Air Force bans use of removable media, under threat of court martial
Rule applies to using CDs, DVDs, thumb drives on SIPRnet
- By Alysha Sideman
- Dec 10, 2010
Spooked by the thought of more classified documents getting out for public consumption via sites such as WikiLeaks, the Air Force has ordered an all-out ban on using removable media on the Defense Department's secret network or risk facing a court-martial, according to a Wired.com report.
The action will make it more difficult for workers to do their jobs, the report stated, because a CD, DVD or USB thumb drive is often the easiest way to get information from one machine to the next.
“They were asking us to build homes before,” a military source told Wired. “Now they’re taking away our hammers.”
The Cyber Control Order, obtained by Wired’s Danger Room, was issued on Dec. 3 by Maj. Gen. Richard Webber, the Commander of Air Force Network Operations Maj. Gen. Richard Webber.
It directs airmen to refrain from using all removable media “on all systems, servers, and stand alone machines residing on the SIPRnet," the Secret IP Router Network.
“Unauthorized data transfers routinely occur on classified networks using removable media and are a method the insider threat uses to exploit classified information,” the order said.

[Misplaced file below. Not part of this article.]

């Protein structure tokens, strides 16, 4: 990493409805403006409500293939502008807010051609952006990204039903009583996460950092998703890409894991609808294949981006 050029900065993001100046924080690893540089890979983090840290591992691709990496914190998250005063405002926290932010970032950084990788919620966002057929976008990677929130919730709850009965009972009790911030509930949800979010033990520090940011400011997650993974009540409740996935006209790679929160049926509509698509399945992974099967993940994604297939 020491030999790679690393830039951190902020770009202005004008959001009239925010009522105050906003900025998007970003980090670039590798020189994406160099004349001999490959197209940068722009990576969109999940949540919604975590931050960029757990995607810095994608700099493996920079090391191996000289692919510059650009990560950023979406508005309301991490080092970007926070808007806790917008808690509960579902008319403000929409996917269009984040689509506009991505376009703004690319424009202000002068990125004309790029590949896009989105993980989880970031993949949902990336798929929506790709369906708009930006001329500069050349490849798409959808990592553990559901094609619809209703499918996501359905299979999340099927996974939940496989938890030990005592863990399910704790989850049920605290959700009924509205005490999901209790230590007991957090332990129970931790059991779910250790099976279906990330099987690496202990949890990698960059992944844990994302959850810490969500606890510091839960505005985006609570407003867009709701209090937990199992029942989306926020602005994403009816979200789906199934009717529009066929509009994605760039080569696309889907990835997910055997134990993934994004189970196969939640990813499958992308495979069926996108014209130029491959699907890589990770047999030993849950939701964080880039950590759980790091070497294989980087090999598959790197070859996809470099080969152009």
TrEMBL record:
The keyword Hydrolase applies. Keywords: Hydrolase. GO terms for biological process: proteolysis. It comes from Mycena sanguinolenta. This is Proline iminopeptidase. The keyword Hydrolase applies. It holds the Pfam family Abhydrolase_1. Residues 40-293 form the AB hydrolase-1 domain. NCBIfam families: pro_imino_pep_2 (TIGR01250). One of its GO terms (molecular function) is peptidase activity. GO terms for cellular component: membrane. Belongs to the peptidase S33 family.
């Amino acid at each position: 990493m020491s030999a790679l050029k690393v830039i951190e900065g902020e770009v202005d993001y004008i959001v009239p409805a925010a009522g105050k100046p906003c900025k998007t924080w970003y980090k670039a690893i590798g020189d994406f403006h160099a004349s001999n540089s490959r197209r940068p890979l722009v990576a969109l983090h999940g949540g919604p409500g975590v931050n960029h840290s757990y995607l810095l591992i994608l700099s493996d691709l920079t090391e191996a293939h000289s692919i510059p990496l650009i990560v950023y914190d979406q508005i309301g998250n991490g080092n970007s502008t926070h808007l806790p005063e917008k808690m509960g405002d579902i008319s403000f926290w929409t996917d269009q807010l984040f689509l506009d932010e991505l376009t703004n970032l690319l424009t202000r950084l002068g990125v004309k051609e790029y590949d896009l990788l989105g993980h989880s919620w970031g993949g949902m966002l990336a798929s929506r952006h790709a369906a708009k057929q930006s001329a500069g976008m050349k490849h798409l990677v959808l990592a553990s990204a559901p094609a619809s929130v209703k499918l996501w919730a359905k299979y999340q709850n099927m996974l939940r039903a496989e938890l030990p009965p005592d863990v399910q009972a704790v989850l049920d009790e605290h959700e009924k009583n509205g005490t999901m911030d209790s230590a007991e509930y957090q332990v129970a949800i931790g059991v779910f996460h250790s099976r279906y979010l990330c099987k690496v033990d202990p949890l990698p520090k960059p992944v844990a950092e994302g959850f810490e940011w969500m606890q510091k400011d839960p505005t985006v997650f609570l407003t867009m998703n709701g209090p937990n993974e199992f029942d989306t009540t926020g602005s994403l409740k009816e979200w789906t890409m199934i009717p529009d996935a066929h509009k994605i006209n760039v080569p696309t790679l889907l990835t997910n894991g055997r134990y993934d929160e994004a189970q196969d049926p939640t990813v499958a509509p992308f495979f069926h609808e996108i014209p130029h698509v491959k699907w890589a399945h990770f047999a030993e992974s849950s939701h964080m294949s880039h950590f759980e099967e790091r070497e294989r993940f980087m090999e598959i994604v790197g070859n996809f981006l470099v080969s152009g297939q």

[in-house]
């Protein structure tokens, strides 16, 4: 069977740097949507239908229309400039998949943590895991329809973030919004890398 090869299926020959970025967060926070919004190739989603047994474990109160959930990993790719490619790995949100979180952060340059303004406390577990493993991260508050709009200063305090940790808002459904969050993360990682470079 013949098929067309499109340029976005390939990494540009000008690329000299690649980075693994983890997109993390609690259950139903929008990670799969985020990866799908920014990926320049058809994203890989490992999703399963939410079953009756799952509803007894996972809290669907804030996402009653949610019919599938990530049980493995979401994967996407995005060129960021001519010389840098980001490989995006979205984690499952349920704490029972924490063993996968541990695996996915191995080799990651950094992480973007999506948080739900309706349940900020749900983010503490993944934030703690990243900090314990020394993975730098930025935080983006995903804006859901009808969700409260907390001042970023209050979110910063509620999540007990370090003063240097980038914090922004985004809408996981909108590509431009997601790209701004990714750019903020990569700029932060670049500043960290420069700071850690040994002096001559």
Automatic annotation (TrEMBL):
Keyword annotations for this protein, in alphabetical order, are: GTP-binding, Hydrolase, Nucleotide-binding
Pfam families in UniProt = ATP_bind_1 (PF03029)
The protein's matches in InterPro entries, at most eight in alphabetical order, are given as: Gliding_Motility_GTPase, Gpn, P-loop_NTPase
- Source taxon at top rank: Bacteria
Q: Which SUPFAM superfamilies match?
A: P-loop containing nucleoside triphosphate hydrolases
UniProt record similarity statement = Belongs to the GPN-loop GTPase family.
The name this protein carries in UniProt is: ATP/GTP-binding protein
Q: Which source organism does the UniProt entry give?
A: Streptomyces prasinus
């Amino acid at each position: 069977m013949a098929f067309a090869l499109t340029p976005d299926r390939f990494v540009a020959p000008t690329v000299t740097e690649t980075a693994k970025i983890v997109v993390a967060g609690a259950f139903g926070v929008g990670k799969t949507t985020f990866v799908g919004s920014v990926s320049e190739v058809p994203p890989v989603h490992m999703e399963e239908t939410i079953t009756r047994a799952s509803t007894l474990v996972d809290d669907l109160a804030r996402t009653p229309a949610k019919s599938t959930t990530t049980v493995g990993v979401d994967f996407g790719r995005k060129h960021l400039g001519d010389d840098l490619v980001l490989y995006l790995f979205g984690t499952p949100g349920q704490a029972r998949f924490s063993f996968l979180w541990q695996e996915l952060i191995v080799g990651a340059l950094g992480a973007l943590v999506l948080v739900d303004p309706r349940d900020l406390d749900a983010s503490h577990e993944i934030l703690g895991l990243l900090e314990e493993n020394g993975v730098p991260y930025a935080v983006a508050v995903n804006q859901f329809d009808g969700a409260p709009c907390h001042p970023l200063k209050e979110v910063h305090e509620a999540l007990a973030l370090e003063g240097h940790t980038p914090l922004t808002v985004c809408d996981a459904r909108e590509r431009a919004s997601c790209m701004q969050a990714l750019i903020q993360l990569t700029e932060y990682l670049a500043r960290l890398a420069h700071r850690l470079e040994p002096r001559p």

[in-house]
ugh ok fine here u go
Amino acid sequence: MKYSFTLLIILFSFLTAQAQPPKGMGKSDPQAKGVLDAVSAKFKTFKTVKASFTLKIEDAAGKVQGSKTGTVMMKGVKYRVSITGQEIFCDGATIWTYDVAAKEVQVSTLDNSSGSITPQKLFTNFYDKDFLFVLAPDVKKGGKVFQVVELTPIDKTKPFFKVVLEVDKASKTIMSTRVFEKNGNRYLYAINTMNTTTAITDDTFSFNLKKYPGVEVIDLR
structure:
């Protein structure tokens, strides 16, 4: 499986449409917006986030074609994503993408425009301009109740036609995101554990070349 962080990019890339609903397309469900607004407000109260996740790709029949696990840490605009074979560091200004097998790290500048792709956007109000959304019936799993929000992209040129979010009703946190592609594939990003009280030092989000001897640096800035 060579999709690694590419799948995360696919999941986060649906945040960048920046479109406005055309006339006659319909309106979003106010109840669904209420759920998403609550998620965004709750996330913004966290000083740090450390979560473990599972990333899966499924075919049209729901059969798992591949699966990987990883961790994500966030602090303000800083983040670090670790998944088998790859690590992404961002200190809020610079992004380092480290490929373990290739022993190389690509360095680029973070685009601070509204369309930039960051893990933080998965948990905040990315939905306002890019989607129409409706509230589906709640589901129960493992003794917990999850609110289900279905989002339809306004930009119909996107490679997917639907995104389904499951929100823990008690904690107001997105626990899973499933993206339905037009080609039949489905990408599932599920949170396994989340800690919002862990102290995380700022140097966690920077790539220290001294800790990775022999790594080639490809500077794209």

DOD has had a back-and-forth relationship with removable media. In November 2008, the U.S. Strategic Command banned the use of USB flash media after a virus was found to be spreading through military networks by copying itself from one removable drive to another. The Defense Department lifted the ban in February.
Removable media generally refers to storage media which is designed to be removed from the computer without powering the computer off. It includes CDs, DVDs, USB flash drives, external hard drives, memory cards, zip disks, magnetic tapes and paper data storage.
“Banning DVDs and thumb drives might seem like an overreaction, but it’s also a reminder that in the age of cloud computing, old fashioned removable media is still a huge security risk,” wrote Jared Newman in his PCWorld blog.
Alysha Sideman is the online content producer for Washington Technology.